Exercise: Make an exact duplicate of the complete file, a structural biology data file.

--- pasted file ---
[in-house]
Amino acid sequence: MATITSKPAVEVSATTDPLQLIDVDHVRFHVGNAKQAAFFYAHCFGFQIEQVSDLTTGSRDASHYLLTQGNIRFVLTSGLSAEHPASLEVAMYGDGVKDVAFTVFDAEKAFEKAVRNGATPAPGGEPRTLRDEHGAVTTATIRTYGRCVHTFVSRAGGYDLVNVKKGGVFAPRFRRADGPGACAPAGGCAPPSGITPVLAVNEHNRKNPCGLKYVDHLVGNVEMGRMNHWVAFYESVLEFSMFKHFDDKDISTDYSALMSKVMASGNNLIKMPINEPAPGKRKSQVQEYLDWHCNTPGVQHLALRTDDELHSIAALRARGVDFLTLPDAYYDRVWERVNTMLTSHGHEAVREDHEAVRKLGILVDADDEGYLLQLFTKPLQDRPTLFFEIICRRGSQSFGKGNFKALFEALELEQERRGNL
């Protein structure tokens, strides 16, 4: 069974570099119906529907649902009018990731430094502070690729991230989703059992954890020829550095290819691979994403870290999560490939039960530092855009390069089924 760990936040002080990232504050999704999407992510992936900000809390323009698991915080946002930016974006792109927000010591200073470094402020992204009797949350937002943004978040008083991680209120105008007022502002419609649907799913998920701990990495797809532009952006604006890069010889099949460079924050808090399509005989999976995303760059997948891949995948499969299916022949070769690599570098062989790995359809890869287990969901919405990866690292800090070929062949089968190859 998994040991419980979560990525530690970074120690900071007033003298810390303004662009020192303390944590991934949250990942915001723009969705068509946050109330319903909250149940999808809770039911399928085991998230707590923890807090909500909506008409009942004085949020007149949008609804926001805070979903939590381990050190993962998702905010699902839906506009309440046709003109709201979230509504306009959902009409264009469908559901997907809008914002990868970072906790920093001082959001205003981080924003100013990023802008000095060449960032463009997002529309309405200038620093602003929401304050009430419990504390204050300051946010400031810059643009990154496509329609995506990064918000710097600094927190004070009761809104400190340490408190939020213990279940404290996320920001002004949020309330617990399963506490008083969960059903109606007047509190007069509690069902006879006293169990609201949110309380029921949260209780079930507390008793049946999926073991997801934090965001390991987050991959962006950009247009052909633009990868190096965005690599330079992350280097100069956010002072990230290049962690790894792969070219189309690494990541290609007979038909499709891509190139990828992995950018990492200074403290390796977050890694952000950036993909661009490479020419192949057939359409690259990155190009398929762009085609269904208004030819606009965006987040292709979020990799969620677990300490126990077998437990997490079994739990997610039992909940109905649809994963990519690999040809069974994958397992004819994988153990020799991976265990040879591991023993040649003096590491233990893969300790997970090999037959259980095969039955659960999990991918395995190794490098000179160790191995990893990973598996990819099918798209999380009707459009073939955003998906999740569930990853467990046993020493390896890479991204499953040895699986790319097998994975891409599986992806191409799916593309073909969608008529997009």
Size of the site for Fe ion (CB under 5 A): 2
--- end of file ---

[in-house]
Amino acid sequence: MATITSKPAVEVSATTDPLQLIDVDHVRFHVGNAKQAAFFYAHCFGFQIEQVSDLTTGSRDASHYLLTQGNIRFVLTSGLSAEHPASLEVAMYGDGVKDVAFTVFDAEKAFEKAVRNGATPAPGGEPRTLRDEHGAVTTATIRTYGRCVHTFVSRAGGYDLVNVKKGGVFAPRFRRADGPGACAPAGGCAPPSGITPVLAVNEHNRKNPCGLKYVDHLVGNVEMGRMNHWVAFYESVLEFSMFKHFDDKDISTDYSALMSKVMASGNNLIKMPINEPAPGKRKSQVQEYLDWHCNTPGVQHLALRTDDELHSIAALRARGVDFLTLPDAYYDRVWERVNTMLTSHGHEAVREDHEAVRKLGILVDADDEGYLLQLFTKPLQDRPTLFFEIICRRGSQSFGKGNFKALFEALELEQERRGNL
């Protein structure tokens, strides 16, 4: 069974570099119906529907649902009018990731430094502070690729991230989703059992954890020829550095290819691979994403870290999560490939039960530092855009390069089924 760990936040002080990232504050999704999407992510992936900000809390323009698991915080946002930016974006792109927000010591200073470094402020992204009797949350937002943004978040008083991680209120105008007022502002419609649907799913998920701990990495797809532009952006604006890069010889099949460079924050808090399509005989999976995303760059997948891949995948499969299916022949070769690599570098062989790995359809890869287990969901919405990866690292800090070929062949089968190859 998994040991419980979560990525530690970074120690900071007033003298810390303004662009020192303390944590991934949250990942915001723009969705068509946050109330319903909250149940999808809770039911399928085991998230707590923890807090909500909506008409009942004085949020007149949008609804926001805070979903939590381990050190993962998702905010699902839906506009309440046709003109709201979230509504306009959902009409264009469908559901997907809008914002990868970072906790920093001082959001205003981080924003100013990023802008000095060449960032463009997002529309309405200038620093602003929401304050009430419990504390204050300051946010400031810059643009990154496509329609995506990064918000710097600094927190004070009761809104400190340490408190939020213990279940404290996320920001002004949020309330617990399963506490008083969960059903109606007047509190007069509690069902006879006293169990609201949110309380029921949260209780079930507390008793049946999926073991997801934090965001390991987050991959962006950009247009052909633009990868190096965005690599330079992350280097100069956010002072990230290049962690790894792969070219189309690494990541290609007979038909499709891509190139990828992995950018990492200074403290390796977050890694952000950036993909661009490479020419192949057939359409690259990155190009398929762009085609269904208004030819606009965006987040292709979020990799969620677990300490126990077998437990997490079994739990997610039992909940109905649809994963990519690999040809069974994958397992004819994988153990020799991976265990040879591991023993040649003096590491233990893969300790997970090999037959259980095969039955659960999990991918395995190794490098000179160790191995990893990973598996990819099918798209999380009707459009073939955003998906999740569930990853467990046993020493390896890479991204499953040895699986790319097998994975891409599986992806191409799916593309073909969608008529997009």
Size of the site for Fe ion (CB under 5 A): 2